In the mid-1800s, settlers began to arrive on the high plains in small numbers. The process accelerated in 1862 when President Abraham Lincoln signed the Homestead Act, and soon, settlers were flooding west, into the high plains, through railroad hubs in St. Louis, Chicago, and Minneapolis. In tiny communities across the plains, anywhere a handful of common-faith settlers gathered, a church spire grew from the prairie. In this book you will find our photos, gathered over twelve years, in a project that began as an effort to chronicle North Dakota ghost towns (which is why youâ€™ll find a heavy concentration of North Dakota churches in this book). The project evolved to include abandoned places and roadside attractions in Minnesota, South Dakota, Nebraska, Manitoba and beyond. In the course of our travels, weâ€™ve photographed a lot of churches, and weâ€™ve made an effort to include photos of most of them in this volume. High plains churches were frequently the grandest, most beautiful structures for miles around, and many of them still stand, resolute in their determination to tell us a story about our ancestors and their life on the high plains. Please enjoy Churches of the High Plains. Troy Larson and Terry Hinnenkamp
Trotters Evangelical Church Trotters, North Dakota
Trotters is a very remote spot in western North Dakota, just miles from the Montana state line, and just outside the border of the Little Missouri National Grasslands, a boundary visible only on maps. On the ground it’s clear, this part of the prairie is nearly pristine. Trees are nearly as scarce as people, and prairie grasses with beautiful blooms of yellow and purple rule the landscape. Francis “Lee” Trotters became the first postmaster of Trotters in 1904, having earned the position by carrying the mail from Wibaux, Montana, 25 miles to the southwest, for an entire year without pay. In 1959, Leonard Hall became the Postmaster. He would be the last person to hold the position, and the last official resident of Trotters. He has since passed away, and the town had been empy for almost a decade at the time we took these photos. The former service station is vacant, but Trotters Evangelical Church is still occasionally used for special events and weddings. On the day of our visit, smoke from distant forest fires clouded the sky in an ethereal veil and created a sublime atmosphere of diffused light. We enjoyed the chorus of crickets who added their voices to the sound of the blowing prairie grass... Ssshhhhhhhhhhhh... Can you hear it? Visually, the road, the occasional telephone pole, and these few structures were our only reminder that this was contemporary time, not the frontier. We believe it is that immediate proximity to the past that makes the prairie special. If you’ve ever wanted to travel back in time, the prairie is one of few places where you almost can. 4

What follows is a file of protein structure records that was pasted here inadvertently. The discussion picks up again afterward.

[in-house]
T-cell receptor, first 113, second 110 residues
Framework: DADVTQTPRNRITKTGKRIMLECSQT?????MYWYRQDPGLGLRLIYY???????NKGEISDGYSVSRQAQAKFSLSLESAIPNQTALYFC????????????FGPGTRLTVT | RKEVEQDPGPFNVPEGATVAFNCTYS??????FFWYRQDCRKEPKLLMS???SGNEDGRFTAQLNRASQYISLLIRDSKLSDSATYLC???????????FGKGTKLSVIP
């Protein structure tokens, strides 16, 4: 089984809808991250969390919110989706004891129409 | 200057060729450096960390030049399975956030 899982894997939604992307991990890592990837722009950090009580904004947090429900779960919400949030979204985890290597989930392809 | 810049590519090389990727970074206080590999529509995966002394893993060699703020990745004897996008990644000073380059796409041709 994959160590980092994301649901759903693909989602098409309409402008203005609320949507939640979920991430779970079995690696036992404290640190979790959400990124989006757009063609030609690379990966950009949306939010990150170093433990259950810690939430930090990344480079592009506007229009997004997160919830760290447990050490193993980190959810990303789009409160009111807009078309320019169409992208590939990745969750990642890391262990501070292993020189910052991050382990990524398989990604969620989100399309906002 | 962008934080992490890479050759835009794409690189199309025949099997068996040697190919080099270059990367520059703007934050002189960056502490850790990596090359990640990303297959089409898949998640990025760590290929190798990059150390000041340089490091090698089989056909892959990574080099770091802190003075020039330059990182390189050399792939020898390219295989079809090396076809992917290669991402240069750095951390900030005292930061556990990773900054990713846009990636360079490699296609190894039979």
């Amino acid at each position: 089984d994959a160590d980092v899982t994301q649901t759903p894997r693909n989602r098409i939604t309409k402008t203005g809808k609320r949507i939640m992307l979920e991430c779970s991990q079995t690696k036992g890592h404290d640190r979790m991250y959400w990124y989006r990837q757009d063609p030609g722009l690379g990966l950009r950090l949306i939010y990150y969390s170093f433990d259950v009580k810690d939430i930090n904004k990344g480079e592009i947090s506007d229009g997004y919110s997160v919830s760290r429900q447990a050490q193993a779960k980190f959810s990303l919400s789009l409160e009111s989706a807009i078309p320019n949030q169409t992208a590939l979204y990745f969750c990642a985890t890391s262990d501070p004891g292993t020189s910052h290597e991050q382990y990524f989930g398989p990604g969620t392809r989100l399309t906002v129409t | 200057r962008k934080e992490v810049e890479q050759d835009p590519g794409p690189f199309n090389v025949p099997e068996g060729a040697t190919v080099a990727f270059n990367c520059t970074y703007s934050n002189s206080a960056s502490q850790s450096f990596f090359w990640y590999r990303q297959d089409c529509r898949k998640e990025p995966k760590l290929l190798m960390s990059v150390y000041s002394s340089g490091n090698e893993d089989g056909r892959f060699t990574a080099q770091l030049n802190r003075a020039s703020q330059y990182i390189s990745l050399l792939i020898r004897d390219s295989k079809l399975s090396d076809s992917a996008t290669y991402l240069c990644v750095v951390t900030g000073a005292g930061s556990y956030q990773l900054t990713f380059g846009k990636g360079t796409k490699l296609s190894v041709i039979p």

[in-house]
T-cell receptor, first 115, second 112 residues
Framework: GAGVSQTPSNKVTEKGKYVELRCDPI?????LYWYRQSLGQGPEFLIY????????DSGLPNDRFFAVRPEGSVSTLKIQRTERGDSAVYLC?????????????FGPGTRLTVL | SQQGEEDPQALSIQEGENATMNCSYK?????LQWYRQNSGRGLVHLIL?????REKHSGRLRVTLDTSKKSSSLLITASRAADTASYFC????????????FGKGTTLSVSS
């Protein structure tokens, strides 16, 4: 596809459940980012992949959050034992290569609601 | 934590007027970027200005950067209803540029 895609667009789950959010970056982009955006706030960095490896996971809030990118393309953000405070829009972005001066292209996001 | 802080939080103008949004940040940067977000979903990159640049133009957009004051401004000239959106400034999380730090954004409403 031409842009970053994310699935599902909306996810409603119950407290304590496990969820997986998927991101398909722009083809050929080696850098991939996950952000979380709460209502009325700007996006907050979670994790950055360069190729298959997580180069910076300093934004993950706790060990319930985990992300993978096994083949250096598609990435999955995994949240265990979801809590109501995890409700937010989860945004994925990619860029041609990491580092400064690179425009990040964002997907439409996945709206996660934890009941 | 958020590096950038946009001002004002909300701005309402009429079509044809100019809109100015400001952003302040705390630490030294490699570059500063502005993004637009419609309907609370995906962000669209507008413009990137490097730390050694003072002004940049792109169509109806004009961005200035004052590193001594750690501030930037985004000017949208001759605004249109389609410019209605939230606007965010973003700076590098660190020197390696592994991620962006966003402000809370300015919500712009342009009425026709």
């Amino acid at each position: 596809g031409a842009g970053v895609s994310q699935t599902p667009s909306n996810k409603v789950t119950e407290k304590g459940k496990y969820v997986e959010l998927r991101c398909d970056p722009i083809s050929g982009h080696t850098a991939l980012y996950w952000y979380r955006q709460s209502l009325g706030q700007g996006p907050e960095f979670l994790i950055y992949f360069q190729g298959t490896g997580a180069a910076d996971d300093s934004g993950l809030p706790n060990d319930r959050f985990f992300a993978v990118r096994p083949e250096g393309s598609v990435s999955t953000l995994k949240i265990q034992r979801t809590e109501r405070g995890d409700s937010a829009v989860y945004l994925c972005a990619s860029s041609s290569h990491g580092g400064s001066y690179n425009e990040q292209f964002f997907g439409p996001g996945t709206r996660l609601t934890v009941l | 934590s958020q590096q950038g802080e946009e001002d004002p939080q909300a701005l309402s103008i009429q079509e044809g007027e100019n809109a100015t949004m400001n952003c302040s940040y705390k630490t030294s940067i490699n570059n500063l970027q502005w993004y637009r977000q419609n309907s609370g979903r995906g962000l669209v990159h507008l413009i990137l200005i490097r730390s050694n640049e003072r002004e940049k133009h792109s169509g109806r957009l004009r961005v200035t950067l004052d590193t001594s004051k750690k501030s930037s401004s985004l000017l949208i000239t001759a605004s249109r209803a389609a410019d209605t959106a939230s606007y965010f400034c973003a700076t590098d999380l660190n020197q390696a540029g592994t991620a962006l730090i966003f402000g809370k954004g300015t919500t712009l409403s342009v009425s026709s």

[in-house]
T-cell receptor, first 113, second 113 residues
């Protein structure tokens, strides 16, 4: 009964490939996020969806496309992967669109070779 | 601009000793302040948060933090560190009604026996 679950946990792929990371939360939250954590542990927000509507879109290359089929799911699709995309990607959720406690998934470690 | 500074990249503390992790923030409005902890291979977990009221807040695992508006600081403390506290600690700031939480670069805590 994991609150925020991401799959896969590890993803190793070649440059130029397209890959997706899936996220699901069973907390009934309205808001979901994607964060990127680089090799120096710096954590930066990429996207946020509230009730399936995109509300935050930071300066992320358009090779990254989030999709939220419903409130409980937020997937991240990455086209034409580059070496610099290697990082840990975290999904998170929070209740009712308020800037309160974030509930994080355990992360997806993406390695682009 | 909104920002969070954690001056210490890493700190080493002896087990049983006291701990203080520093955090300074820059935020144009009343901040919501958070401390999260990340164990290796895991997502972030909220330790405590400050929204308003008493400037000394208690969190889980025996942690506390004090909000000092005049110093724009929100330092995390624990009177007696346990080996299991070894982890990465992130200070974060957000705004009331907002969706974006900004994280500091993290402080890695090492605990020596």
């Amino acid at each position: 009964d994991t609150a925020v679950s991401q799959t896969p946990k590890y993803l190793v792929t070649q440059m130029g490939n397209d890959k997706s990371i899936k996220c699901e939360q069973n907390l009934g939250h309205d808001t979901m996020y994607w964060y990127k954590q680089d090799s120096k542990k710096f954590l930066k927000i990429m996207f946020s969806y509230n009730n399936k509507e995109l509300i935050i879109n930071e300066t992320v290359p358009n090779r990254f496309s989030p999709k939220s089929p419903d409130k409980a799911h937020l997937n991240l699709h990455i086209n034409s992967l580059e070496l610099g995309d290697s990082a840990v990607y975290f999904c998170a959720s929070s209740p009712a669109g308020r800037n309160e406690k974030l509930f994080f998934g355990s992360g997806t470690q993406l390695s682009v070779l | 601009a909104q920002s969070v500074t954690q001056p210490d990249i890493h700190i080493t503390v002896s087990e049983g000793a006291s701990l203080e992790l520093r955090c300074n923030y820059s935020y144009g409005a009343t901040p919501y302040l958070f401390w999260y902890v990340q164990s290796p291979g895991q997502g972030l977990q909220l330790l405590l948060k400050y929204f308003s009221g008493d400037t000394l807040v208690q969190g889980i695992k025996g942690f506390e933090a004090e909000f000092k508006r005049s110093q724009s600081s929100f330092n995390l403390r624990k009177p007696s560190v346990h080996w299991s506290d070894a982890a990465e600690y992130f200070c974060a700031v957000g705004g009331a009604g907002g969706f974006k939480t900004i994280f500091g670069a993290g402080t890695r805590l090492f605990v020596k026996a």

Weâ€™ve been told Mr. Hall would sometimes leave the gas pump unlocked so late-night travelers could fill up, on the honor system.
We photographed this church after we discovered it is in danger of demolition due to maintenance costs and black mold. As of early 2015, a group of dedicated residents was trying to save it, but St. Anthonyâ€™s fate was still up in the air.
St. Anthony of Padua Catholic Church Terrebonne, Minnesota
Verdel Presbyterian Church Verdel, Nebraska
Along Highway 12 in Knox County, not far from the South Dakota border, lies Verdel, Nebraska. It was founded in a different place, some miles away, but when the Chicago & North Western railroad reached this spot on the rolling green prairie carpet near the junction of the Niobrara and Missouri Rivers in 1902, a settlement arose and appropriated the name Verdel. This route is designated the Outlaw Trail Scenic Byway and the drive presents panoramic high plains vistas to travelers. We approached from the east in the morning hours, with the sun at our backs, and enjoyed the view of a rugged and impossibly green river valley carved by the Mighty Missouri. Upon arrival, we chose this little white church as our first subject -- Verdel Presbyterian Church. On January 16th, 1906, thirty-three residents signed a petition and asked the Presbytery of Niobrara to establish a church in Verdel. Seventy-three people pledged cash and labor, and the whole community pulled together to build this little white sanctuary. The total cost to build the church was $2257.28, including $78.30 for the 36-inch church bell you see in the photo. Verdel Presbyterian Church was dedicated on December 15th, 1907. On May 20th, 2007, Verdel Presbyterian celebrated its 100th anniversary with a parishwide celebration of worship services, ice cream and cake, plus bonnets and straw hats for everyone. The breath of life would not last, however, as regular services ended in 2014. 11
We photographed Ringsaker Lutheran Church and School after someone suggested it as a place we should visit. There is a well-maintained cemetery here, and after a short walk down the road, we discovered a rusting, washedout bridge.
Ringsaker Lutheran Church & School Romness Township, Griggs County, North Dakota
Balfour, North Dakota is a vanishing town along US Highway
52, with two notable churches. On the previous page, an abandoned church which once stood in Verendrye, North Dakota, a ghost town where only the facade of the original school remains standing. Below: The beautiful Balfour Lutheran Church, built in 1906.
The last time we visited Balfour, we ran into the Mayor. Heâ€™s a younger man than you would expect in a town with a dwindling population. He told us there were still some things to see in the old fire hall, and upon investigation, we found the firefightersâ€™ jackets still hanging on their hooks.
A preview of the forthcoming book Churches of the High Plains by Troy Larson and Terry Hinnenkamp